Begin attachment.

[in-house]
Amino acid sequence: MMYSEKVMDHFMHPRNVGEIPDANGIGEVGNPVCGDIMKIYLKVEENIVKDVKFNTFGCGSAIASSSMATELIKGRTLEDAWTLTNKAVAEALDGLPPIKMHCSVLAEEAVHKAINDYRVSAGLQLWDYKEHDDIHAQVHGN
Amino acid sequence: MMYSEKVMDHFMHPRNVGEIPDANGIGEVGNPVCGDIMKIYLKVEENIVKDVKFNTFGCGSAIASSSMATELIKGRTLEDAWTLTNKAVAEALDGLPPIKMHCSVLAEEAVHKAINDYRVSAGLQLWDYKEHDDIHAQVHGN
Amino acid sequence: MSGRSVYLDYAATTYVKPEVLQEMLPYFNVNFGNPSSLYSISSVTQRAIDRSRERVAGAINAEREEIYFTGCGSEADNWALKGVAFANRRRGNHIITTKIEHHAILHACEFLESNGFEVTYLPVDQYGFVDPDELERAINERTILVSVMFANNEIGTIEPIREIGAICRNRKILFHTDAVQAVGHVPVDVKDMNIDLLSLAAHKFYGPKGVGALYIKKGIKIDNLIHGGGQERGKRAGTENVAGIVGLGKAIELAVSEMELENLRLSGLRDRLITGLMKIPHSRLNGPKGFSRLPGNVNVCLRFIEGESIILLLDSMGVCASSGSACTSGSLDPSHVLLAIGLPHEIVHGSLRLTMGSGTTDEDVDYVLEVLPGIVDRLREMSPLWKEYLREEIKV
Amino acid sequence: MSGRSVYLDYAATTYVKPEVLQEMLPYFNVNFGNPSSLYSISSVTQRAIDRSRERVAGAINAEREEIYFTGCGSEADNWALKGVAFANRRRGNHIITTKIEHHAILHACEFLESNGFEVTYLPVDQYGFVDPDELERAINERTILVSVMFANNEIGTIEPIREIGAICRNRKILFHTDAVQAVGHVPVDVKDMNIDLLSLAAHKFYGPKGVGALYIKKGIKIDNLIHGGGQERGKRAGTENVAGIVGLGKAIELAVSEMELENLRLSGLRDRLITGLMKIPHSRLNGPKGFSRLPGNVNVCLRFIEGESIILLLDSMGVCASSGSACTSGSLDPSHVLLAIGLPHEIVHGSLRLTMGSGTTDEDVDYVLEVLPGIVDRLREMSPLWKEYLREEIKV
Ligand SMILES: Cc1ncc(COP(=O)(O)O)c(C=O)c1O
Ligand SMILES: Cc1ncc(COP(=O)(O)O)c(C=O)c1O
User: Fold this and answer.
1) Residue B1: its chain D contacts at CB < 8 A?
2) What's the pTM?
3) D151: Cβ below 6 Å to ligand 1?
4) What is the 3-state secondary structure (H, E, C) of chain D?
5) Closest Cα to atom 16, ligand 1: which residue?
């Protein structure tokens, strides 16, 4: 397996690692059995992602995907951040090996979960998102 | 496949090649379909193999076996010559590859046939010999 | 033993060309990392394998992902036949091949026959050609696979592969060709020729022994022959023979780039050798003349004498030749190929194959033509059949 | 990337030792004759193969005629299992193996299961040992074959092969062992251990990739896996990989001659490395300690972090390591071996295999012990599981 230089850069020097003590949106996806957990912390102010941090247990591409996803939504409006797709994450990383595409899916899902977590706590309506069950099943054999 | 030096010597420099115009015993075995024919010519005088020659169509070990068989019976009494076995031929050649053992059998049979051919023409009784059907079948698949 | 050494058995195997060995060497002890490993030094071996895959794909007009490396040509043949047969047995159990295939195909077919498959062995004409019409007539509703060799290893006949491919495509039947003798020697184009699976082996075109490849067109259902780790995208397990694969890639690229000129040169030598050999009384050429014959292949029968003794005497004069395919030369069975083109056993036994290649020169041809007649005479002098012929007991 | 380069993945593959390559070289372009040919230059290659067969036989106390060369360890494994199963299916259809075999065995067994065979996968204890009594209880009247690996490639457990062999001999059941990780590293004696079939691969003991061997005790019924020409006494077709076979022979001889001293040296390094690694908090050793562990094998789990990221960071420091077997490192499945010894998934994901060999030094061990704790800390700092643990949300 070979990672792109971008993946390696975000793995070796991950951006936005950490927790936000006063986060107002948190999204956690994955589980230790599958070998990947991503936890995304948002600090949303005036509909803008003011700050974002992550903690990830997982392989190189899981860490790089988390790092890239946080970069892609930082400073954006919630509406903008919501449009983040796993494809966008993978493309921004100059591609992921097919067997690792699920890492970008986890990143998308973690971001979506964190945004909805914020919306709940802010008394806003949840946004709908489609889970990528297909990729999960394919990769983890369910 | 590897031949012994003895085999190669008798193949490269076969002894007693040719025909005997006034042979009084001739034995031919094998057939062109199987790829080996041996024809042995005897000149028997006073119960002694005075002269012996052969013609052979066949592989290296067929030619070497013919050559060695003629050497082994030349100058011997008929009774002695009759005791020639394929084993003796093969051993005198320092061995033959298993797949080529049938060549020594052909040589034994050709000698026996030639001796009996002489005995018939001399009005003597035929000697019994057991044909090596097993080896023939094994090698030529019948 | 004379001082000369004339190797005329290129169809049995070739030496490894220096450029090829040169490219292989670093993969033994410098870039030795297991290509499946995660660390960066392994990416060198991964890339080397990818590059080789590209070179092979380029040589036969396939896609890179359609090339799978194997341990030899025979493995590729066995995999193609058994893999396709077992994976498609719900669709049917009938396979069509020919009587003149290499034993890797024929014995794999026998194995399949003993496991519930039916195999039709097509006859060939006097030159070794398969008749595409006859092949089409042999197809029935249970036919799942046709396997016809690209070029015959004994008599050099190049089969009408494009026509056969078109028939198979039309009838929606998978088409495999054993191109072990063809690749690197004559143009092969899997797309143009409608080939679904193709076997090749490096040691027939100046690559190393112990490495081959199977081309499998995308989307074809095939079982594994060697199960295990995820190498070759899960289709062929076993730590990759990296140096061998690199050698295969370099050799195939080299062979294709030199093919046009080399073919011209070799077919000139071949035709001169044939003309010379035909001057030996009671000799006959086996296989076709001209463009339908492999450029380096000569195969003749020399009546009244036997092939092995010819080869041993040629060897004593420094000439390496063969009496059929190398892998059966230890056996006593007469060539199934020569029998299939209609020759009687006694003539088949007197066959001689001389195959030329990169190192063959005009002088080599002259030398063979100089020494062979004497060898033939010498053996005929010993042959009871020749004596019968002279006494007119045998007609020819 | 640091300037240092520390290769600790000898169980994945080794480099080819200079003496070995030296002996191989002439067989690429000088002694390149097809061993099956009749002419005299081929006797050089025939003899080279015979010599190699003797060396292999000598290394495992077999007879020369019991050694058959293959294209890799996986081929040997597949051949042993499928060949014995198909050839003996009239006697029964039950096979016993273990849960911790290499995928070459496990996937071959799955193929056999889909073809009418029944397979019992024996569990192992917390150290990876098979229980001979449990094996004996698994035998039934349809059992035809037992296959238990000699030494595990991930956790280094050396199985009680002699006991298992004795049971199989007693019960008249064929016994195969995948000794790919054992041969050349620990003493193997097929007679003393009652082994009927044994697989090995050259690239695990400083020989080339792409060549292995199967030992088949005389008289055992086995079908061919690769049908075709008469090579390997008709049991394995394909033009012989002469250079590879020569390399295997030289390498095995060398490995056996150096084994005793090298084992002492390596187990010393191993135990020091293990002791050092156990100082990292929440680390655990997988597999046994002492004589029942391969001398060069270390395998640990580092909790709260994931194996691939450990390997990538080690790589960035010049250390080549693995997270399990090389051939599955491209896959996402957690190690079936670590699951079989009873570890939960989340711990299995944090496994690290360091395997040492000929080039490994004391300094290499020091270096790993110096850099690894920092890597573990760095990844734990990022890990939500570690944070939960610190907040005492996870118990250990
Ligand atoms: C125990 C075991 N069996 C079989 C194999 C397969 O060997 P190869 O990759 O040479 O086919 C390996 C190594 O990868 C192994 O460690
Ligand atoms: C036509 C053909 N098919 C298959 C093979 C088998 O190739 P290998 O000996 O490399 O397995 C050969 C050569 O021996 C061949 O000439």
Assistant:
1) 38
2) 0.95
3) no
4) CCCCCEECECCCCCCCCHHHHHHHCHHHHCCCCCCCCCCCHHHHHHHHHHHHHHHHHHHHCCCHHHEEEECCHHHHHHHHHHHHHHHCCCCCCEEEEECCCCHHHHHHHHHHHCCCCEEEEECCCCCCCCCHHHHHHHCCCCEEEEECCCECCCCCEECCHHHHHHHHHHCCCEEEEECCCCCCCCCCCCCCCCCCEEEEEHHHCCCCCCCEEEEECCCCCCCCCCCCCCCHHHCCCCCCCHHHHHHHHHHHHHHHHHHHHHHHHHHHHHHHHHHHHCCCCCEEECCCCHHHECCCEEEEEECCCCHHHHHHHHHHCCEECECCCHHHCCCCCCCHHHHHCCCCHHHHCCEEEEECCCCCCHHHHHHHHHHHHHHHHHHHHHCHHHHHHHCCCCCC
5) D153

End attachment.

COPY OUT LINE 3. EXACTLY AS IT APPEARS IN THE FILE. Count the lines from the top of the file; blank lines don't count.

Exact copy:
Amino acid sequence: MMYSEKVMDHFMHPRNVGEIPDANGIGEVGNPVCGDIMKIYLKVEENIVKDVKFNTFGCGSAIASSSMATELIKGRTLEDAWTLTNKAVAEALDGLPPIKMHCSVLAEEAVHKAINDYRVSAGLQLWDYKEHDDIHAQVHGN